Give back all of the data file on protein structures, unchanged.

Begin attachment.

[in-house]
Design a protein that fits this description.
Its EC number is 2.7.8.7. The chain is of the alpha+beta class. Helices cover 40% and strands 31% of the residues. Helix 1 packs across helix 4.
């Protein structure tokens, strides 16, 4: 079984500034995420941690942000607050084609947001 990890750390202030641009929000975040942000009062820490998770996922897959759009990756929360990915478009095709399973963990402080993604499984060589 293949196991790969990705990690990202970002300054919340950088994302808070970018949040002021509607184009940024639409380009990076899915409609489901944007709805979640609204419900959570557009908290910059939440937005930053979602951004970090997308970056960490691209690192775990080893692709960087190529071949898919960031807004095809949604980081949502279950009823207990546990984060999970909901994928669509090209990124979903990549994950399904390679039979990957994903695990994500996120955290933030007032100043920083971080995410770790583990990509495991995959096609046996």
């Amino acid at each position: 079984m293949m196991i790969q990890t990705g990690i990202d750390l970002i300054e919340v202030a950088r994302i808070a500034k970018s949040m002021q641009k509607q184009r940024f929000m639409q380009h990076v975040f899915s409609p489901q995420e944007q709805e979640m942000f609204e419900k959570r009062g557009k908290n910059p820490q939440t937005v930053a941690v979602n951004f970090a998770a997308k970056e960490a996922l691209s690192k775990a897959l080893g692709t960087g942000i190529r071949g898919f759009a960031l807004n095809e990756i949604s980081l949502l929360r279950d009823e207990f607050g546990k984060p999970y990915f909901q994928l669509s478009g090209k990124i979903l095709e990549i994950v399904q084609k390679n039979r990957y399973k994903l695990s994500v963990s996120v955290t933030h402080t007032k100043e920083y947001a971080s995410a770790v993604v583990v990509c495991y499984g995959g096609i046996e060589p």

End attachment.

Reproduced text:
[in-house]
Design a protein that fits this description.
Its EC number is 2.7.8.7. The chain is of the alpha+beta class. Helices cover 40% and strands 31% of the residues. Helix 1 packs across helix 4.
């Protein structure tokens, strides 16, 4: 079984500034995420941690942000607050084609947001 990890750390202030641009929000975040942000009062820490998770996922897959759009990756929360990915478009095709399973963990402080993604499984060589 293949196991790969990705990690990202970002300054919340950088994302808070970018949040002021509607184009940024639409380009990076899915409609489901944007709805979640609204419900959570557009908290910059939440937005930053979602951004970090997308970056960490691209690192775990080893692709960087190529071949898919960031807004095809949604980081949502279950009823207990546990984060999970909901994928669509090209990124979903990549994950399904390679039979990957994903695990994500996120955290933030007032100043920083971080995410770790583990990509495991995959096609046996």
């Amino acid at each position: 079984m293949m196991i790969q990890t990705g990690i990202d750390l970002i300054e919340v202030a950088r994302i808070a500034k970018s949040m002021q641009k509607q184009r940024f929000m639409q380009h990076v975040f899915s409609p489901q995420e944007q709805e979640m942000f609204e419900k959570r009062g557009k908290n910059p820490q939440t937005v930053a941690v979602n951004f970090a998770a997308k970056e960490a996922l691209s690192k775990a897959l080893g692709t960087g942000i190529r071949g898919f759009a960031l807004n095809e990756i949604s980081l949502l929360r279950d009823e207990f607050g546990k984060p999970y990915f909901q994928l669509s478009g090209k990124i979903l095709e990549i994950v399904q084609k390679n039979r990957y399973k994903l695990s994500v963990s996120v955290t933030h402080t007032k100043e920083y947001a971080s995410a770790v993604v583990v990509c495991y499984g995959g096609i046996e060589p």